"You're starting to see EMC emerge out of its acquisition phase from last year, and they're now making this coordinated technology refresh across a large number of separate product lines," said Steve Norall, analyst with the Taneja Group. "This is a good sign for EMC users."
"First, you make it work, then you make it faster." That's how EMC's director of technology analysis Ken Steinhardt described the updates to the Symmetrix microcode that make up the new DMX-4. The new DMX doesn't have many new functions over the old version, but EMC said operations, such as copy on first write, cache management, target restore operations, performance times for full clone creation and TimeFinder sync performance have all been brushed up thanks to code improvements in Symmetrix microcode and its Engenuity management software.
EMC is claiming 30% performance improvements in RAID 5 and RAID 6 provisioning, and up to 33% better SRDF/S replication response time. Another update means that users can double the maximum synchronous replication distance from 100km to 200 km, but users must pick between the distance or the performance boost. Also, the number of snapshots per volume has been increased from 16 snapshots to 128 snapshots.
As with the DMX-3 line, a "baby" model 950 will be available for the DMX-4, and this will support FICON. Symmetrix will also now support 500 GB and 750 GB SATA drives, 4 Gbps Fibre Channel connections have been added to both the front and back end, and the back-end loop has been revised to have a point-to-point connection between the controller and each disc for easier maintenance. Finally, the audit logging added in the last Symmetrix refresh can now be fed into RSA's enVision audit log management software.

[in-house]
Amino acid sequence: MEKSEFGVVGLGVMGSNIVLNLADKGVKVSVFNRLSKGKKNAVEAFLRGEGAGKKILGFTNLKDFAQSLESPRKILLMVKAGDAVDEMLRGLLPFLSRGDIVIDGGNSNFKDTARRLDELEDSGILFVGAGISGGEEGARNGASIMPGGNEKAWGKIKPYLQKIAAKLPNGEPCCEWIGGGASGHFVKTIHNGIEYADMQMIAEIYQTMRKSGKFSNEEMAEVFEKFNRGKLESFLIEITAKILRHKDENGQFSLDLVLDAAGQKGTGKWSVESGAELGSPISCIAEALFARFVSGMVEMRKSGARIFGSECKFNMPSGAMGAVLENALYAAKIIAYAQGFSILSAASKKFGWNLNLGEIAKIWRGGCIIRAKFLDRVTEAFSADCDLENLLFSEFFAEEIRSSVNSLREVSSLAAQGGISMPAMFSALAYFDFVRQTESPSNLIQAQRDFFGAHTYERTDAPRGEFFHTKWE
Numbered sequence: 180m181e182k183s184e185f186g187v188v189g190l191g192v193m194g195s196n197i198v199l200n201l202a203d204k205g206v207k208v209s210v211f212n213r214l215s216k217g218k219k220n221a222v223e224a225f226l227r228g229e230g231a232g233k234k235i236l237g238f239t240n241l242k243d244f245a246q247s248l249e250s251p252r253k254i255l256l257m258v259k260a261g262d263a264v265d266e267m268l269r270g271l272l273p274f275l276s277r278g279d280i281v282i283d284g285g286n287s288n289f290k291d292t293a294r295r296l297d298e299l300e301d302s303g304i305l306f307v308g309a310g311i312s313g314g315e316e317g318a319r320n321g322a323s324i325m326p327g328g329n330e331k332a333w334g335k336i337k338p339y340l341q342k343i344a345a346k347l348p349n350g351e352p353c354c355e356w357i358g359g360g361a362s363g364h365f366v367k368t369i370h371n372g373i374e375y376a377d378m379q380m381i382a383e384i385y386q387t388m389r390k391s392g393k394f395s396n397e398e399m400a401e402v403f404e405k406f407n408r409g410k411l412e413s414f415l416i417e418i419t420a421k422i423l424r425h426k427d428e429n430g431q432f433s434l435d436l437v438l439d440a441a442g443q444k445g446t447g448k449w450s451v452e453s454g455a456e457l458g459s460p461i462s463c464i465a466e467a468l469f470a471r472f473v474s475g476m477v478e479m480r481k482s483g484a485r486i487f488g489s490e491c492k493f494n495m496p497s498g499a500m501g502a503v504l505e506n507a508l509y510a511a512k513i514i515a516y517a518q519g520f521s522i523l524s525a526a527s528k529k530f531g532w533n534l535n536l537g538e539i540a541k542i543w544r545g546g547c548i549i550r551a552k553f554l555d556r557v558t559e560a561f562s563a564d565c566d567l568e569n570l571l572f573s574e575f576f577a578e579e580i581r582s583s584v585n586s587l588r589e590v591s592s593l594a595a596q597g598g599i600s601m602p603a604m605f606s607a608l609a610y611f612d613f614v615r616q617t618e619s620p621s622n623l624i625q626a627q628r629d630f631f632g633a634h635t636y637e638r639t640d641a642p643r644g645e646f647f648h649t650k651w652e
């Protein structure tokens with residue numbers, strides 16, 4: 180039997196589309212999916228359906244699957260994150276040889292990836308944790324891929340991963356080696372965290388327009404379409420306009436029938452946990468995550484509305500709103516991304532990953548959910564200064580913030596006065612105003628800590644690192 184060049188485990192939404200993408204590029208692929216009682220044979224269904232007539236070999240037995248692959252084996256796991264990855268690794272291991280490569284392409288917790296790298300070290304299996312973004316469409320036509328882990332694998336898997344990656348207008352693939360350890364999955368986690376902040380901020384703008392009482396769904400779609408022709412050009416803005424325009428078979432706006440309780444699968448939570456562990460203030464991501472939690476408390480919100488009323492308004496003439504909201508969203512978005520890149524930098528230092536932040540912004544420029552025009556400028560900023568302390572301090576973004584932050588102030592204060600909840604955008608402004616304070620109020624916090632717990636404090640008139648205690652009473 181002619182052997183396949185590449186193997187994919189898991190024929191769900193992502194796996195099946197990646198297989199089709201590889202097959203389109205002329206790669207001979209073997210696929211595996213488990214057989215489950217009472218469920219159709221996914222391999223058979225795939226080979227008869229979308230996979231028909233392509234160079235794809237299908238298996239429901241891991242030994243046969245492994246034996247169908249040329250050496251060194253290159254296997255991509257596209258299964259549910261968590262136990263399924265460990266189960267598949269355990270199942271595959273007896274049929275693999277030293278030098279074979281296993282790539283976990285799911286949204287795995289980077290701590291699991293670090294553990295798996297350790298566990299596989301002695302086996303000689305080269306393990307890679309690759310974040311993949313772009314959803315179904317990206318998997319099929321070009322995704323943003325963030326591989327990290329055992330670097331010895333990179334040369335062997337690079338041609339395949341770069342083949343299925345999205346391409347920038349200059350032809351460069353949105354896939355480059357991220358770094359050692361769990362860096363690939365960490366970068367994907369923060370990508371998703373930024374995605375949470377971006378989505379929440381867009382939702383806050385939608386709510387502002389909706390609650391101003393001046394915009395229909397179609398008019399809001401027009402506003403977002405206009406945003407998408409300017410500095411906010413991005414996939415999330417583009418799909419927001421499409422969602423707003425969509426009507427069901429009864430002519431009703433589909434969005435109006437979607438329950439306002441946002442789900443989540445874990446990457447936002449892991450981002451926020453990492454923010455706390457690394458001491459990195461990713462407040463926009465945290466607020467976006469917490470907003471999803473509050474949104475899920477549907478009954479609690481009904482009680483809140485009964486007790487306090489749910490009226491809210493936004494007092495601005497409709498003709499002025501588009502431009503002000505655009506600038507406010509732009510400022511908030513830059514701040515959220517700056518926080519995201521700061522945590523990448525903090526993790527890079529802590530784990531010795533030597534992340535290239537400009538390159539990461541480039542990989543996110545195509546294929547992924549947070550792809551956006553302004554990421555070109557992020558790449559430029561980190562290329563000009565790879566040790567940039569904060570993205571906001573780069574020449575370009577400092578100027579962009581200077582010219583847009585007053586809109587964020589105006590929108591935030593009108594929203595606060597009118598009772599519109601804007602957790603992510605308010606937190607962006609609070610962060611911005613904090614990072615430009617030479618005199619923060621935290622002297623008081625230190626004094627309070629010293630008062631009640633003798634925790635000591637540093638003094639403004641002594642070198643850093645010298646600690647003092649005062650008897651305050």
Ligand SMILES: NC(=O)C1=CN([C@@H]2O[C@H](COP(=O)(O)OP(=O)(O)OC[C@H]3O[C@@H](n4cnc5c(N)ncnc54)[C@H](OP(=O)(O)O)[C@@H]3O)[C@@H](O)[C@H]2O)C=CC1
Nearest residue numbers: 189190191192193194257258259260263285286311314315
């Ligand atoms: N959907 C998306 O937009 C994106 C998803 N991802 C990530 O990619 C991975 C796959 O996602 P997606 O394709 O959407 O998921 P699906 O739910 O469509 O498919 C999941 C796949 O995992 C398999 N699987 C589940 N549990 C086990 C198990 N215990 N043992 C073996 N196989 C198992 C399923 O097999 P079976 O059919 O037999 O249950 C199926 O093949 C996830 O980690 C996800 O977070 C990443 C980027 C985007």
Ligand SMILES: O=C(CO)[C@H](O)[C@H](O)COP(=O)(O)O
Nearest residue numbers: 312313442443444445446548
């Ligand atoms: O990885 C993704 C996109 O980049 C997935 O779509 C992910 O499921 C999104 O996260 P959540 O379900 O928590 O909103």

EMC was mum when it came to exactly what's been improved about the Symm code and refused to give actual numbers when it came to its claims about percentage performance improvements. "The core of these improvements gets into our secret sauce, and to even describe them conceptually would be to give away critical proprietary information," Steinhardt said.
While users say performance improvements are always welcome, there are other long-standing items on the wish list, including physical weight, power and cooling, and encryption that haven't been added yet, according to Shane McLaughlin, a storage administrator for a large financial institution who asked that his company not be named because of policies prohibiting him from representing it in the press.
McLaughlin said his company had to completely replace a wood-core floor in its data center with a cement-core floor to support the Symmetrix, and that he'd like to see EMC take steps to reduce the weight of the system, as well as the space it takes up. "The new Symmetrix footprint is bigger than a floor tile," he said. "That makes space management more complicated in the data center."
With the addition of higher capacity SATA drives, EMC is touting the "greenness" of the DMX-4, but McLaughlin said he'd like to see more done to improve the power consumption of the Symm. "The three-bay DMX we have installed requires six power feeds, two per rack, compared to only two on our 8830 [and needs] two additional feeds for every additional drive bay." However, the newer DMX model at least allows him to add those feeds when the drive bays are added. The older version required full power even with a half-populated rack.